The service won plaudits for setting a record for the most-streamed live event in U.S. history through exclusive coverage of the Jan. 13 NFL wildcard playoff game between the Kansas City Chiefs and the Miami Dolphins. [The game, watched by 23 million on Peacock, could also be seen on broadcast TV in the two teams’ home markets.]
Comcast – which serves about 71,100 Maine households – testified against LD 1967 last October along with Charter Communications, the Motion Picture Association, and the Maine State Chamber of Commerce over provisions they criticized as unfair, discriminatory or inconsistent with federal law.
Charter is the state’s largest cable company with 466,000 subscribers in 300 Maine communities.
According to Comcast, the bill empowers Maine towns or local franchising authorities (LFAs) to require a cable company to pay fees to local governments on the gross receipts of affiliated streaming video services. In Comcast’s case, that would be Peacock, and it would include locally derived subscription and advertising revenue in the definition of gross receipts.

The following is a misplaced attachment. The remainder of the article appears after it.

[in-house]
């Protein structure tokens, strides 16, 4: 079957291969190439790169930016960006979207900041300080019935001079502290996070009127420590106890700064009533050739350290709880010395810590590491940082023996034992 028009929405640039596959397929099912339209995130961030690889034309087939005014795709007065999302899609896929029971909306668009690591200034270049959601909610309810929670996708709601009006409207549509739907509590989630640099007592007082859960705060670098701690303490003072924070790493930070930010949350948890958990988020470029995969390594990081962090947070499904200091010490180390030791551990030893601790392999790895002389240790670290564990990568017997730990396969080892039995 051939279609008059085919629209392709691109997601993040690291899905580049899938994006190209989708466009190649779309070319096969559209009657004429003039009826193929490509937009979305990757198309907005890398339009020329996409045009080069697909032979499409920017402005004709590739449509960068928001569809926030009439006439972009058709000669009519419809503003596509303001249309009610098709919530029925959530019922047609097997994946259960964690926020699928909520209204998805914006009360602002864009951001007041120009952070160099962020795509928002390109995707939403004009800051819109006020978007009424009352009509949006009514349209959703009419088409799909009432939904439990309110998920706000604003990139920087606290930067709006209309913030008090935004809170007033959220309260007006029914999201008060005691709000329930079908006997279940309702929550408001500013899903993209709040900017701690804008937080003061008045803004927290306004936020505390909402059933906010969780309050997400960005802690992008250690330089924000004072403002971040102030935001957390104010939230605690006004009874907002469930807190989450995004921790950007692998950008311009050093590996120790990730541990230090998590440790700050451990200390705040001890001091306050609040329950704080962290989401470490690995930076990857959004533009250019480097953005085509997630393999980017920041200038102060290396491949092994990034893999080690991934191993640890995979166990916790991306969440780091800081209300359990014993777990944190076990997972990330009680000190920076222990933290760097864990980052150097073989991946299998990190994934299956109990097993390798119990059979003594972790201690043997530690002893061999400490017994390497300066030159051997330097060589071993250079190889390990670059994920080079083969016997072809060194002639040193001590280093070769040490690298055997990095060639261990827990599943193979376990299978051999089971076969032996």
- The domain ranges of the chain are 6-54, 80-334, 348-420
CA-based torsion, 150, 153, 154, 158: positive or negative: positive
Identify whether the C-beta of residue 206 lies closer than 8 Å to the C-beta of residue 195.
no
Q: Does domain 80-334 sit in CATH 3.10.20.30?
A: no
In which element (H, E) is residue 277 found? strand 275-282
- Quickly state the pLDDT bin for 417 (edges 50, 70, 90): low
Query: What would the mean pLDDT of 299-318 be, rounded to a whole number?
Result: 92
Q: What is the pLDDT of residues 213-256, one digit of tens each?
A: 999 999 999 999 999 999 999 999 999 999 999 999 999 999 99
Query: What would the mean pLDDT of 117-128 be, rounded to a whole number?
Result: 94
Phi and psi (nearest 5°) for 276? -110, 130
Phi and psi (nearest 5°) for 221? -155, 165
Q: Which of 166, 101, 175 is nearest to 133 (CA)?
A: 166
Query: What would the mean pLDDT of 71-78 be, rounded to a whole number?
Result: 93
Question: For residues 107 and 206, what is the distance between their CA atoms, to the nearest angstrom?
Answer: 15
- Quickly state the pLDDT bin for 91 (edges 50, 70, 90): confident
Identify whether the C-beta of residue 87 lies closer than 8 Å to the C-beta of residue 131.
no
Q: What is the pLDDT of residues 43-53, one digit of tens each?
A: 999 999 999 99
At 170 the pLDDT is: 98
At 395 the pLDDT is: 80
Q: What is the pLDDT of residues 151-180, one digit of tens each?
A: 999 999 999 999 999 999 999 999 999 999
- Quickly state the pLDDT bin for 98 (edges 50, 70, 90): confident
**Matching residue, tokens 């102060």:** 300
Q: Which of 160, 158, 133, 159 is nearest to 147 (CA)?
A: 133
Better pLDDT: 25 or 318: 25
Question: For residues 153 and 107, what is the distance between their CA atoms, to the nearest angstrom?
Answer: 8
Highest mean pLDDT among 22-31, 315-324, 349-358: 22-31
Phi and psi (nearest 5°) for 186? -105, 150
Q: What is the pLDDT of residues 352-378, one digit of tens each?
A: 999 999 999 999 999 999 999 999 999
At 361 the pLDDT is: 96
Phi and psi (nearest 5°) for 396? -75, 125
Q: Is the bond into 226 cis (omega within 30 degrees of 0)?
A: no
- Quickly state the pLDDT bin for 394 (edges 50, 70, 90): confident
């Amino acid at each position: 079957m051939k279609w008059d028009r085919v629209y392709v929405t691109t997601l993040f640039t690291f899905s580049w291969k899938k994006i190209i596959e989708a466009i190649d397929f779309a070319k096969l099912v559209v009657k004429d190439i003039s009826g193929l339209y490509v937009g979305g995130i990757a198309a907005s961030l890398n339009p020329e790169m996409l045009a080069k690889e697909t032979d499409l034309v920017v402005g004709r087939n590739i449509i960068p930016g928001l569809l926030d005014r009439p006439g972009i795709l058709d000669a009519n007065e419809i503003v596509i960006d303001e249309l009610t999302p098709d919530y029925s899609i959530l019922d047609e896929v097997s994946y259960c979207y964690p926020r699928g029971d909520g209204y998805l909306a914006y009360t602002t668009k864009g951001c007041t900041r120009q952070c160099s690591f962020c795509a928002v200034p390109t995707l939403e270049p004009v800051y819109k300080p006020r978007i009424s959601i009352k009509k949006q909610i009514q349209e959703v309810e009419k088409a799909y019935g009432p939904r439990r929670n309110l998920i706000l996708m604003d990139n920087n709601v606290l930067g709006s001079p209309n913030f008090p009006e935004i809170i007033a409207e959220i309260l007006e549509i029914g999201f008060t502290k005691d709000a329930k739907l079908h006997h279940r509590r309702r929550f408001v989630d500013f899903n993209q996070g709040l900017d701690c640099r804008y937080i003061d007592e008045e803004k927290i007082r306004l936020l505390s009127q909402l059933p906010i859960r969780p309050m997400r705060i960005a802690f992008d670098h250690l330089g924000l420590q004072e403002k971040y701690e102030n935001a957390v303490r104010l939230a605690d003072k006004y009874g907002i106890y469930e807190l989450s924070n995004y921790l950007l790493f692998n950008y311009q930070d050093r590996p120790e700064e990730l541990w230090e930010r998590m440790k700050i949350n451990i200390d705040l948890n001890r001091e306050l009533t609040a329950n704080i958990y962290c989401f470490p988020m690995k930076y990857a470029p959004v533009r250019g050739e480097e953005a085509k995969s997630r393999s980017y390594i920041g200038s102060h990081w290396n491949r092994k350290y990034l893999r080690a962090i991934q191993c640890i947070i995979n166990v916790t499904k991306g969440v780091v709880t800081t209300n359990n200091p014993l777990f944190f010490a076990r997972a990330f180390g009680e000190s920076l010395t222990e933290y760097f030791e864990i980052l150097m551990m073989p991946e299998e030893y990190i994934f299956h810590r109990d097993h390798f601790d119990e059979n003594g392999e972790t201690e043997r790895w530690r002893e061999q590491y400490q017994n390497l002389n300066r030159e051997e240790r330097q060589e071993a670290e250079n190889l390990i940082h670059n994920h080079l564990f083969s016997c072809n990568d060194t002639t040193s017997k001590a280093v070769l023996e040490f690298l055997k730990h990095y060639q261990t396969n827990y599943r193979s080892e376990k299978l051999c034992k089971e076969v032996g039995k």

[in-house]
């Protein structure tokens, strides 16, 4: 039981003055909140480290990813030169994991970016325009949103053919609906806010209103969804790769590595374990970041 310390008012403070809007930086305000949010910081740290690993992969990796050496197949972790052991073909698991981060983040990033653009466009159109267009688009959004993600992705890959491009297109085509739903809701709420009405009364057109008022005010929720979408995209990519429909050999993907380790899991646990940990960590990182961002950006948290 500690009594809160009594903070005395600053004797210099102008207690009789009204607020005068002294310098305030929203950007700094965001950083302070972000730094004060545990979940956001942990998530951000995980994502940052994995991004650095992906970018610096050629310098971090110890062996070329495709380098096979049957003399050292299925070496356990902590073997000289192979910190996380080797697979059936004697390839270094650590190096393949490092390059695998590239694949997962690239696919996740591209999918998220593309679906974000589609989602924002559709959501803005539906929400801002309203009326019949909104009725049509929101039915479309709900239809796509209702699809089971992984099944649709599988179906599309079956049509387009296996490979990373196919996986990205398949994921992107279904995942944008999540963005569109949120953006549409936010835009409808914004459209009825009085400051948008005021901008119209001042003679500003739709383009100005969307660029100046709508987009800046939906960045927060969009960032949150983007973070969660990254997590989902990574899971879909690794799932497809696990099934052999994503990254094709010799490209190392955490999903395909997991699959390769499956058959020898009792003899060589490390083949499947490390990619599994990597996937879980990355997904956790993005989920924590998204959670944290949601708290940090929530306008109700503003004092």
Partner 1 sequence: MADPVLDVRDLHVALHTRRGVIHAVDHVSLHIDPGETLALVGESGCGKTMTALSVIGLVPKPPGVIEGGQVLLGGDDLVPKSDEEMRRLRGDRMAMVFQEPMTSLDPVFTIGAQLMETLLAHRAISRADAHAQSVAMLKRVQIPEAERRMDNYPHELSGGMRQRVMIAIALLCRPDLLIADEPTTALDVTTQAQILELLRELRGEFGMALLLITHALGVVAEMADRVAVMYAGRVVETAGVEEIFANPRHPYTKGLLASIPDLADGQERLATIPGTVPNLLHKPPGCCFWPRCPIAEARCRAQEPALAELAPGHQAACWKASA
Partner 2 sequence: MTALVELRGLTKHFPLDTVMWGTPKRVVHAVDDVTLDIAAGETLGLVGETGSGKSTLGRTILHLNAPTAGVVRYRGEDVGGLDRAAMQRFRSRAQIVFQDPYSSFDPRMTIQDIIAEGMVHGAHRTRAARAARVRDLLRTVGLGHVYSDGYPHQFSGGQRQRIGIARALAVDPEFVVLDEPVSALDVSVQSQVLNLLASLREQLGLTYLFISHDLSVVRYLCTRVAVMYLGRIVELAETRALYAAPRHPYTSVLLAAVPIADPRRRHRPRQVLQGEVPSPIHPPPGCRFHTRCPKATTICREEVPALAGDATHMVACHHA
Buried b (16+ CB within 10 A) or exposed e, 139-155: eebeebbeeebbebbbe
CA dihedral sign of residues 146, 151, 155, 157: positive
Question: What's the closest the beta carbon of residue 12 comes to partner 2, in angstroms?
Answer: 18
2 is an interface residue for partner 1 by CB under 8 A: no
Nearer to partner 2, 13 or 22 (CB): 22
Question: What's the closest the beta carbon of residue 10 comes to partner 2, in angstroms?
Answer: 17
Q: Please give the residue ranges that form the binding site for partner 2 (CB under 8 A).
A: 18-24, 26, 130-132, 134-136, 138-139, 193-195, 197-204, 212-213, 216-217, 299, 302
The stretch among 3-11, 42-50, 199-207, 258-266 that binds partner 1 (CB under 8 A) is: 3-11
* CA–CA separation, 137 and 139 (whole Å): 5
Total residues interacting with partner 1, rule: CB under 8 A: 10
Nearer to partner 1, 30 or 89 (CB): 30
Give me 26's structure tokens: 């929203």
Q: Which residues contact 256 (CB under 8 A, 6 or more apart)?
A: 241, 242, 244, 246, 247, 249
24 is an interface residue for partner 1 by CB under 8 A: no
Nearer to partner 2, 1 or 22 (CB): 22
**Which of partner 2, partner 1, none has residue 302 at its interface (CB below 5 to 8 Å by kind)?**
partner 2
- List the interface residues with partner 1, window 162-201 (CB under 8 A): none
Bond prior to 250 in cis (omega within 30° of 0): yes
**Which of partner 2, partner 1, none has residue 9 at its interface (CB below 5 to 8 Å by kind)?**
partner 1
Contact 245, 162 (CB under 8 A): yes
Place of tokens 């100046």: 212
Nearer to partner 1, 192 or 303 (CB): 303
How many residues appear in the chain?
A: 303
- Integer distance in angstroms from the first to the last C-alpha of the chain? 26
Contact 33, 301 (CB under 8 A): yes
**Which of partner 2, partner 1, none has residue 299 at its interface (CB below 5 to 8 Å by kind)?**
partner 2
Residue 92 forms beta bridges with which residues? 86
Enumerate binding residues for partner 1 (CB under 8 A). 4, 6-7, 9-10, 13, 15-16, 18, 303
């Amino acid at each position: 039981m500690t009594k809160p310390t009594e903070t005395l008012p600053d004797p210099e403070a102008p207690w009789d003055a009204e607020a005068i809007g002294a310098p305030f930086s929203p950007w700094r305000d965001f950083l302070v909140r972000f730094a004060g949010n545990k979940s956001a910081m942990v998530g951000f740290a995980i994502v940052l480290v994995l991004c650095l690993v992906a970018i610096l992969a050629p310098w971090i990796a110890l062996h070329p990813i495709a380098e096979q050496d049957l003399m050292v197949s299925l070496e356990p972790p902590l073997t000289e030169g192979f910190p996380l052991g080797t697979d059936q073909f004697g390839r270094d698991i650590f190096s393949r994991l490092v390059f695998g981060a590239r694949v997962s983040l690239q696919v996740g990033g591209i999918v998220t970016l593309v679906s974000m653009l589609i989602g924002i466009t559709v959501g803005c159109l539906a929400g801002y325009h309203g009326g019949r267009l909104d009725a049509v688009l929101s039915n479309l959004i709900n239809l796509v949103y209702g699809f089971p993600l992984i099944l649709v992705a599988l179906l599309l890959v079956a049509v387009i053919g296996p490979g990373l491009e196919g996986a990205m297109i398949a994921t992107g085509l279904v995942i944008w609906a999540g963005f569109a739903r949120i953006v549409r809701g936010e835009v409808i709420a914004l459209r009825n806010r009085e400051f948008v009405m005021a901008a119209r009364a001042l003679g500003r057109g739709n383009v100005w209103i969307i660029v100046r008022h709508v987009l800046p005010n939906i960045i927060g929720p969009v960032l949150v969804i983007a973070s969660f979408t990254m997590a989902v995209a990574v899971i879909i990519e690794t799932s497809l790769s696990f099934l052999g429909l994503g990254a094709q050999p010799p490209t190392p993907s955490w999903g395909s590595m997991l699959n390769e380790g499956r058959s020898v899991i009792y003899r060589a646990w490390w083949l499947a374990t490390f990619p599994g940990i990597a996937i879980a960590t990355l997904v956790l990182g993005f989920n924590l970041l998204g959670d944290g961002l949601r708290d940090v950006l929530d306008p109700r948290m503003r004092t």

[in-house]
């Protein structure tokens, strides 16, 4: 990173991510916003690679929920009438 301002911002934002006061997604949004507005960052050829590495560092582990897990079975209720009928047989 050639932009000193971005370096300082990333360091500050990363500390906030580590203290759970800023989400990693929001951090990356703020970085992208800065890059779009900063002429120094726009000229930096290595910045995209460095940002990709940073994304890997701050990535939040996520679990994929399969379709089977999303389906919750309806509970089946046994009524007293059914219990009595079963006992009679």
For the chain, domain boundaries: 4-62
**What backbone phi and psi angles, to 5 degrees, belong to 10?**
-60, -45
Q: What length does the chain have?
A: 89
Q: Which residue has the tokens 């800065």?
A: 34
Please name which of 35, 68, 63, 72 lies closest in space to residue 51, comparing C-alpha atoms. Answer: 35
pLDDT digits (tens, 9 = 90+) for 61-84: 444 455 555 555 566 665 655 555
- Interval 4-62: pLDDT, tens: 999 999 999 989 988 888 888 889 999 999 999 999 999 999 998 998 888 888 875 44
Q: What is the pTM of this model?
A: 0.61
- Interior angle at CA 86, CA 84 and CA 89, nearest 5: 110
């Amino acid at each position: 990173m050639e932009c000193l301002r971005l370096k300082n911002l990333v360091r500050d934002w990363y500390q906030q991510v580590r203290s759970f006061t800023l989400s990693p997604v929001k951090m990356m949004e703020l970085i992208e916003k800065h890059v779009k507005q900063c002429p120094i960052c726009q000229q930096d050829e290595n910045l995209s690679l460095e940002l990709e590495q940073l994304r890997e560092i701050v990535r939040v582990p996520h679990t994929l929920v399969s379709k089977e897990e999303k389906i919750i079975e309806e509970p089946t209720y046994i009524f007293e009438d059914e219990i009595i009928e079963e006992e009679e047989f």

Meanwhile, Charter in offering Peacock, Netflix or Hulu to Maine customers would not have to pay a streaming fee on those services, according to Comcast.
“LD 1967 will not apply to Maine consumers who use other broadband providers besides Comcast (e.g. Charter) to stream Peacock,” Comcast/NBCU lawyer Harris said. “Nor will it apply to Maine consumers who use their mobile devices on wireless services (e.g., Verizon) to watch Peacock and in their homes, or while at an airport, retail establishment, or myriad other places.”
Maine’s bill, according to Comcast, would violate the First Amendment by allowing LFAs to require Peacock to host public, education and governmental (PEG) channels carried on traditional cable TV systems.
“The engineering and physical network construction needed to connect a PEG provider in Maine with a streaming service designed to be available anywhere in the U.S. is expensive and the costs will be borne by customers,” Ashley Luszczki, Government Relations Specialist with Maine State Chamber of Commerce, said in Oct. 25, 2023 testimony before Maine’s Energy, Utilities and Technology Committee.
Harris said LD 1967 also violates numerous federal laws that pre-empt state action in the cable and broadband sectors, including the Internet Tax Freedom Act.